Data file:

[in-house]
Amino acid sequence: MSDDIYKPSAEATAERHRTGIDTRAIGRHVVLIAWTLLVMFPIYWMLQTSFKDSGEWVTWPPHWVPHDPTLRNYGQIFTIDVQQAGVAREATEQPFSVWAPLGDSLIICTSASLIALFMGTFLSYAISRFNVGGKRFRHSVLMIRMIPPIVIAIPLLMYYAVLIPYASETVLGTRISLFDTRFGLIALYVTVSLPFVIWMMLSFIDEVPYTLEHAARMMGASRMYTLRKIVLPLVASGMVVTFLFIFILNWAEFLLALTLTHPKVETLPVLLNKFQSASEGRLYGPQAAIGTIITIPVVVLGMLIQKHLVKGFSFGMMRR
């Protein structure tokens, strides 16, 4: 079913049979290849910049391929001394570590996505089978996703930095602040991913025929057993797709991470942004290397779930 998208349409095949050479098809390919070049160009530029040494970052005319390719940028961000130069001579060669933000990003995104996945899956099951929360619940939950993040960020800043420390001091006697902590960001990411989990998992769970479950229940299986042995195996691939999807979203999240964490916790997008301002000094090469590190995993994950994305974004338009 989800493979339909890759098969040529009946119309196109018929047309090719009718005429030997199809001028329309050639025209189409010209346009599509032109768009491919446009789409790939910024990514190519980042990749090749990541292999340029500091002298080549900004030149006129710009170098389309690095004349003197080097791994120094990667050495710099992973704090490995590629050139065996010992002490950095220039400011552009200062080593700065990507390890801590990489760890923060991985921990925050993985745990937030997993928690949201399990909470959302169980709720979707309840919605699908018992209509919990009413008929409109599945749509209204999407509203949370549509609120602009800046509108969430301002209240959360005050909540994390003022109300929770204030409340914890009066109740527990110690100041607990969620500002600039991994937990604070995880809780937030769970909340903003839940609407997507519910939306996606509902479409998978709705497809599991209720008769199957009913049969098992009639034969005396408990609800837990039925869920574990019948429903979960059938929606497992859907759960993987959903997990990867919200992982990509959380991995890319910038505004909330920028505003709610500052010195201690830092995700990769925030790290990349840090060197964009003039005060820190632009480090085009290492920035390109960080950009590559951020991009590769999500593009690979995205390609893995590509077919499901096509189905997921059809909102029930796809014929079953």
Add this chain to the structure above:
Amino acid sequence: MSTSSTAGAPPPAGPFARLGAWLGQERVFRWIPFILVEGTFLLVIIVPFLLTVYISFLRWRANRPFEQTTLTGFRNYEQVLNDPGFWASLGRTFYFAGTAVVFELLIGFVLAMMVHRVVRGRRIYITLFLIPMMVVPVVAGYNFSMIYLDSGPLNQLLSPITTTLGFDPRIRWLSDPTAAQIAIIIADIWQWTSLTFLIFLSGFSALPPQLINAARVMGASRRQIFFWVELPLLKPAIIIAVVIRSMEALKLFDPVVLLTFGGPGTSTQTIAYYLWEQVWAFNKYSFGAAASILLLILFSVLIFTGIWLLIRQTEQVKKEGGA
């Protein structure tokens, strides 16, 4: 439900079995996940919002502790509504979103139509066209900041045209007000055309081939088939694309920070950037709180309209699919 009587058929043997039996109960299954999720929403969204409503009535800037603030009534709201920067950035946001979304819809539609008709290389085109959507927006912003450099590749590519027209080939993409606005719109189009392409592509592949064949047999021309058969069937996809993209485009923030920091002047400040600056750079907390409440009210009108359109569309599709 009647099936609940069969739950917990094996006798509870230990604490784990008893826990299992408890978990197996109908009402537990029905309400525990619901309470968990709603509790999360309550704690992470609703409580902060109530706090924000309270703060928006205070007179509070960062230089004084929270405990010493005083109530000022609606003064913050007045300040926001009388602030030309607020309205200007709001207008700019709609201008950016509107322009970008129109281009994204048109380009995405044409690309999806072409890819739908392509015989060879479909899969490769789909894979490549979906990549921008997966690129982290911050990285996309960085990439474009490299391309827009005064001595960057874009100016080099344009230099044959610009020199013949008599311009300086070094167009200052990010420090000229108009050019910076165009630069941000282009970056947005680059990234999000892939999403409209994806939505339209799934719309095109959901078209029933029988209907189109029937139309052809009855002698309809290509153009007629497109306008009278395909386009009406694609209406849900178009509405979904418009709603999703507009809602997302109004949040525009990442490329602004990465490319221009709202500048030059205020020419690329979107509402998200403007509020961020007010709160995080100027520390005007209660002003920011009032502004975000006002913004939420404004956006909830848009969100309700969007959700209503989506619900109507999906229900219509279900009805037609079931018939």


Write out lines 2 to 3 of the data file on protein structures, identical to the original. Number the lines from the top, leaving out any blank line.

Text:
Amino acid sequence: MSDDIYKPSAEATAERHRTGIDTRAIGRHVVLIAWTLLVMFPIYWMLQTSFKDSGEWVTWPPHWVPHDPTLRNYGQIFTIDVQQAGVAREATEQPFSVWAPLGDSLIICTSASLIALFMGTFLSYAISRFNVGGKRFRHSVLMIRMIPPIVIAIPLLMYYAVLIPYASETVLGTRISLFDTRFGLIALYVTVSLPFVIWMMLSFIDEVPYTLEHAARMMGASRMYTLRKIVLPLVASGMVVTFLFIFILNWAEFLLALTLTHPKVETLPVLLNKFQSASEGRLYGPQAAIGTIITIPVVVLGMLIQKHLVKGFSFGMMRR
């Protein structure tokens, strides 16, 4: 079913049979290849910049391929001394570590996505089978996703930095602040991913025929057993797709991470942004290397779930 998208349409095949050479098809390919070049160009530029040494970052005319390719940028961000130069001579060669933000990003995104996945899956099951929360619940939950993040960020800043420390001091006697902590960001990411989990998992769970479950229940299986042995195996691939999807979203999240964490916790997008301002000094090469590190995993994950994305974004338009 989800493979339909890759098969040529009946119309196109018929047309090719009718005429030997199809001028329309050639025209189409010209346009599509032109768009491919446009789409790939910024990514190519980042990749090749990541292999340029500091002298080549900004030149006129710009170098389309690095004349003197080097791994120094990667050495710099992973704090490995590629050139065996010992002490950095220039400011552009200062080593700065990507390890801590990489760890923060991985921990925050993985745990937030997993928690949201399990909470959302169980709720979707309840919605699908018992209509919990009413008929409109599945749509209204999407509203949370549509609120602009800046509108969430301002209240959360005050909540994390003022109300929770204030409340914890009066109740527990110690100041607990969620500002600039991994937990604070995880809780937030769970909340903003839940609407997507519910939306996606509902479409998978709705497809599991209720008769199957009913049969098992009639034969005396408990609800837990039925869920574990019948429903979960059938929606497992859907759960993987959903997990990867919200992982990509959380991995890319910038505004909330920028505003709610500052010195201690830092995700990769925030790290990349840090060197964009003039005060820190632009480090085009290492920035390109960080950009590559951020991009590769999500593009690979995205390609893995590509077919499901096509189905997921059809909102029930796809014929079953």